Michelle Obama makes surprise appearance at Grammy Awards


Michelle Obama makes surprise appearance at Grammy Awards
61st Grammy Awards - Show - Los Angeles, California, U.S., February 10, 2019 - Lady Gaga, Jennifer Lopez, Alicia Keys, former first lady Michelle Obama and Jada Pinkett Smith. REUTERS/Mike Blake

In Summary

  • Former U.S. first lady Michelle Obama made a surprise appearance during the opening address at the 61st Grammy Awards in Los Angeles on Sunday and was met with a standing ovation from the star-studded crowd.
  • Grammy host Alicia Keys kicked off the show by inviting Obama, 55, along with Lady Gaga, Jada Pinkett Smith and Jennifer Lopez, to share personal anecdotes about how music has changed their lives and empowered them as women.
  • Obama is currently touring to promote her memoir “Becoming,” which was released in the United States and in 28 languages around the world.

Former U.S. first lady Michelle Obama made a surprise appearance during the opening address at the 61st Grammy Awards in Los Angeles on Sunday and was met with a standing ovation from the star-studded crowd.

Grammy host Alicia Keys kicked off the show by inviting Obama, 55, along with Lady Gaga, Jada Pinkett Smith and Jennifer Lopez, to share personal anecdotes about how music has changed their lives and empowered them as women.

Obama, wearing a shimmering, silver suit, was briefly interrupted as the crowd erupted in cheers and applause at the beginning of her comments.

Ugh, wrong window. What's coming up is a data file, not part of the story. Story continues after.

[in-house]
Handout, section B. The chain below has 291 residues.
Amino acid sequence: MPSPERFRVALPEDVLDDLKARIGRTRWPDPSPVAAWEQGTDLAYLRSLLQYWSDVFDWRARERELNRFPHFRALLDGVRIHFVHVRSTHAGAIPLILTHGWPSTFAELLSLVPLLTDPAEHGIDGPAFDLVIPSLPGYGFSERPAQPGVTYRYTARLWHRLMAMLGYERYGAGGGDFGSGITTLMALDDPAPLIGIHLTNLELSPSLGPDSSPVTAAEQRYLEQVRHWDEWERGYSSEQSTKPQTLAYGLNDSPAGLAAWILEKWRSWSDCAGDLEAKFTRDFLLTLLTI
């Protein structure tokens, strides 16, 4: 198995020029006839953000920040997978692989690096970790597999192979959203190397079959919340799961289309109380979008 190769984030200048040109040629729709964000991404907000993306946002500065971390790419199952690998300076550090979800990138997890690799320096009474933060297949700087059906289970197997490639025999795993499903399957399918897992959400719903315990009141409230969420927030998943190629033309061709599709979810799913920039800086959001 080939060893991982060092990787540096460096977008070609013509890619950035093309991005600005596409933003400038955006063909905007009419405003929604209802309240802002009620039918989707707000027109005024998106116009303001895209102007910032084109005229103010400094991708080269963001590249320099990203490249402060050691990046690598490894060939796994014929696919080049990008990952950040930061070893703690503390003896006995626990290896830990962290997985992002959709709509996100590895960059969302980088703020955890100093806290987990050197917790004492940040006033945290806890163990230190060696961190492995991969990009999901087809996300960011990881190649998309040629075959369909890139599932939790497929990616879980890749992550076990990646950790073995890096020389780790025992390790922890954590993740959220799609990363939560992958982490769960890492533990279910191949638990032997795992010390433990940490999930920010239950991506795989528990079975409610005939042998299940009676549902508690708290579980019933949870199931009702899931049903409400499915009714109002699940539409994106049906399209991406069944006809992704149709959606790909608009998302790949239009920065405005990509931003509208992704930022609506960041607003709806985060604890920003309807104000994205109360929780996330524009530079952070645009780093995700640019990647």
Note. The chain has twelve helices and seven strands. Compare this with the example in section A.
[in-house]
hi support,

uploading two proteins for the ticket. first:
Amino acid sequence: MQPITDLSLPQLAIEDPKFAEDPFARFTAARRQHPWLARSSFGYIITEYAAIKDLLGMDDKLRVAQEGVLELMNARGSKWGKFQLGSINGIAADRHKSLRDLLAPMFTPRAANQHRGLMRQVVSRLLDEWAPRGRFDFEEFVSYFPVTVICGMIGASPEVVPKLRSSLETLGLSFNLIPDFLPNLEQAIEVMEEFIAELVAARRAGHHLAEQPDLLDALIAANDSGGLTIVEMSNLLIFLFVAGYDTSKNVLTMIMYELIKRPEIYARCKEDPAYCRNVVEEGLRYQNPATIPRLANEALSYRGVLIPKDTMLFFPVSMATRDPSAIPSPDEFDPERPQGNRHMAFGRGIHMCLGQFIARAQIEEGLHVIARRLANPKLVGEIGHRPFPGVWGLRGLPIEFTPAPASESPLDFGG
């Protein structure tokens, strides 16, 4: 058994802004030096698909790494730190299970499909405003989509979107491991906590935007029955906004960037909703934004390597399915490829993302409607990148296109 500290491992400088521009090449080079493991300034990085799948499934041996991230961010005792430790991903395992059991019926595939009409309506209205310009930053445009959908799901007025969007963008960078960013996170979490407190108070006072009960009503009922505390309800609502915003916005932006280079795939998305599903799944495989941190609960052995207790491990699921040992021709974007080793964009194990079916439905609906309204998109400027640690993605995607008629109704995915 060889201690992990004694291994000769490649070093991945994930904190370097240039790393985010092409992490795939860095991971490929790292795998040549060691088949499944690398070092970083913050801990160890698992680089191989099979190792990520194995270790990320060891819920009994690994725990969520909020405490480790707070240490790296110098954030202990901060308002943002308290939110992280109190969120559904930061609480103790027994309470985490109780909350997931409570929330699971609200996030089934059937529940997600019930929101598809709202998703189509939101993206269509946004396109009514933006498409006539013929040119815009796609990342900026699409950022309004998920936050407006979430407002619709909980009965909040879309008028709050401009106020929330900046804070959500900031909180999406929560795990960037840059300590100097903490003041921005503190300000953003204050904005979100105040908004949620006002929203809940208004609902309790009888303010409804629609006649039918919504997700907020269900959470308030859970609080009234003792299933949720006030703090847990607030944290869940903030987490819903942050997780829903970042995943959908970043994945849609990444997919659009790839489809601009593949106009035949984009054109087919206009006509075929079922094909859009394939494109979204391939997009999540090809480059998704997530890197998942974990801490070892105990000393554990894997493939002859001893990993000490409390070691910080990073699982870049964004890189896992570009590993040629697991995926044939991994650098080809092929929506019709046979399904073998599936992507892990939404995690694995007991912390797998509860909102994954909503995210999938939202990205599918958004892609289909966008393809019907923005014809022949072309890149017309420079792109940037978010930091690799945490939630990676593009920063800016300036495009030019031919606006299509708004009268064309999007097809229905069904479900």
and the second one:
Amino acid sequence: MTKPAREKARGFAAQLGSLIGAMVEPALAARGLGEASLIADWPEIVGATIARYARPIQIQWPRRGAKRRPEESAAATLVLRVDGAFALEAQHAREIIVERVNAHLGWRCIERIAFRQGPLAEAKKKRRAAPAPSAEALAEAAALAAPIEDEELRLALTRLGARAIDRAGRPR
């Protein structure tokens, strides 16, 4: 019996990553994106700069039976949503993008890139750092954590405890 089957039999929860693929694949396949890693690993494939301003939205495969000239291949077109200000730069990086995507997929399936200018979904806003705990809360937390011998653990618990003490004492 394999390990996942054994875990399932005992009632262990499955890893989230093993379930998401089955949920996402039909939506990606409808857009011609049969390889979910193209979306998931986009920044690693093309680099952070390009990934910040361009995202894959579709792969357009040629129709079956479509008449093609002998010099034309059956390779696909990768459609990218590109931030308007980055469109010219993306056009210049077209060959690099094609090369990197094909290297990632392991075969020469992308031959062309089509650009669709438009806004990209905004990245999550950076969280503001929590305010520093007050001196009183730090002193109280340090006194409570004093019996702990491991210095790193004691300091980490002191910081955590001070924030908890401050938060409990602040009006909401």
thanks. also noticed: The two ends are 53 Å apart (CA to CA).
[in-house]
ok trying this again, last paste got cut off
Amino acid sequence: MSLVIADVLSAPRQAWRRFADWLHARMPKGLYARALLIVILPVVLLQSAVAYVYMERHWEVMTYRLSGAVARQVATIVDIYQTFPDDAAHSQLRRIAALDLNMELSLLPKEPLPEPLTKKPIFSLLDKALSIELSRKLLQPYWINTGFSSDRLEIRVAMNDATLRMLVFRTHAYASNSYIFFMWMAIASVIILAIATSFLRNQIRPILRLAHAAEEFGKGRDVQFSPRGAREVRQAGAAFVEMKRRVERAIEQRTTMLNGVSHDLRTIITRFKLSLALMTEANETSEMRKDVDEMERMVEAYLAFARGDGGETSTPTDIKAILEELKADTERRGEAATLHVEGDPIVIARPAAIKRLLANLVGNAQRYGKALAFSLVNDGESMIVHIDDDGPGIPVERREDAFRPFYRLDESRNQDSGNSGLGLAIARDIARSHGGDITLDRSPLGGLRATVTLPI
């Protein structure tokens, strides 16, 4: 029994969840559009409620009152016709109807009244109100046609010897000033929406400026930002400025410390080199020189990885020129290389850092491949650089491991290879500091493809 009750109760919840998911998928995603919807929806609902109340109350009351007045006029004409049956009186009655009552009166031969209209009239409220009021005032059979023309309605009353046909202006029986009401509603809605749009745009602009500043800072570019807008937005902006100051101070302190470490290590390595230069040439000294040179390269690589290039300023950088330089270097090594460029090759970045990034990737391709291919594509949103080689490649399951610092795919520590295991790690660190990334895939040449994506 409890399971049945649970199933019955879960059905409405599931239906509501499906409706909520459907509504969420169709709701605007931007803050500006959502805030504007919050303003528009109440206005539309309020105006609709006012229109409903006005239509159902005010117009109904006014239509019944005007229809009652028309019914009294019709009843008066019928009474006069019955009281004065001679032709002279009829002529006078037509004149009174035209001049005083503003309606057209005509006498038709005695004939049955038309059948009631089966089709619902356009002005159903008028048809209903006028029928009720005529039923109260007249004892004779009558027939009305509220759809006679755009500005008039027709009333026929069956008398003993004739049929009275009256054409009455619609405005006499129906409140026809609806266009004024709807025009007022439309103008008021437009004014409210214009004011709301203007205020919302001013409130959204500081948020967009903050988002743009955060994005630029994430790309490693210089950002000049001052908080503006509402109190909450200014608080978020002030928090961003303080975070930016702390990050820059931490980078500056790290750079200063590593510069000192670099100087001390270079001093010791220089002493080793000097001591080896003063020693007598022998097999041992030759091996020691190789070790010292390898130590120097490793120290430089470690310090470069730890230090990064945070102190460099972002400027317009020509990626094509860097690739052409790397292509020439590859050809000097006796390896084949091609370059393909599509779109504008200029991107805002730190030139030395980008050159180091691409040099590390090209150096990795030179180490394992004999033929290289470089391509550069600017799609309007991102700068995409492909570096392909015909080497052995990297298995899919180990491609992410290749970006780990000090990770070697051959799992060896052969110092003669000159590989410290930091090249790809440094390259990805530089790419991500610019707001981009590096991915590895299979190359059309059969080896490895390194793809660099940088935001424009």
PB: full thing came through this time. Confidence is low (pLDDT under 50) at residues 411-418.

“From the Motown records I wore out on the Southside to the ‘Who Run the World’ songs that fuelled me through this last decade, music has always helped me tell my story,” Obama said, referring to the Chicago neighborhood where she grew up.

Obama is currently touring to promote her memoir “Becoming,” which was released in the United States and in 28 languages around the world.

She and her husband, former U.S. President Barack Obama, signed deals for a book apiece with Penguin Random House a month after Obama left office in January 2017.

“Whether we like country or rap or rock, music helps us share ourselves, our dignity and sorrows, our hopes and joys,” Obama said. “It allows us to hear one another, to invite each other in.”

 

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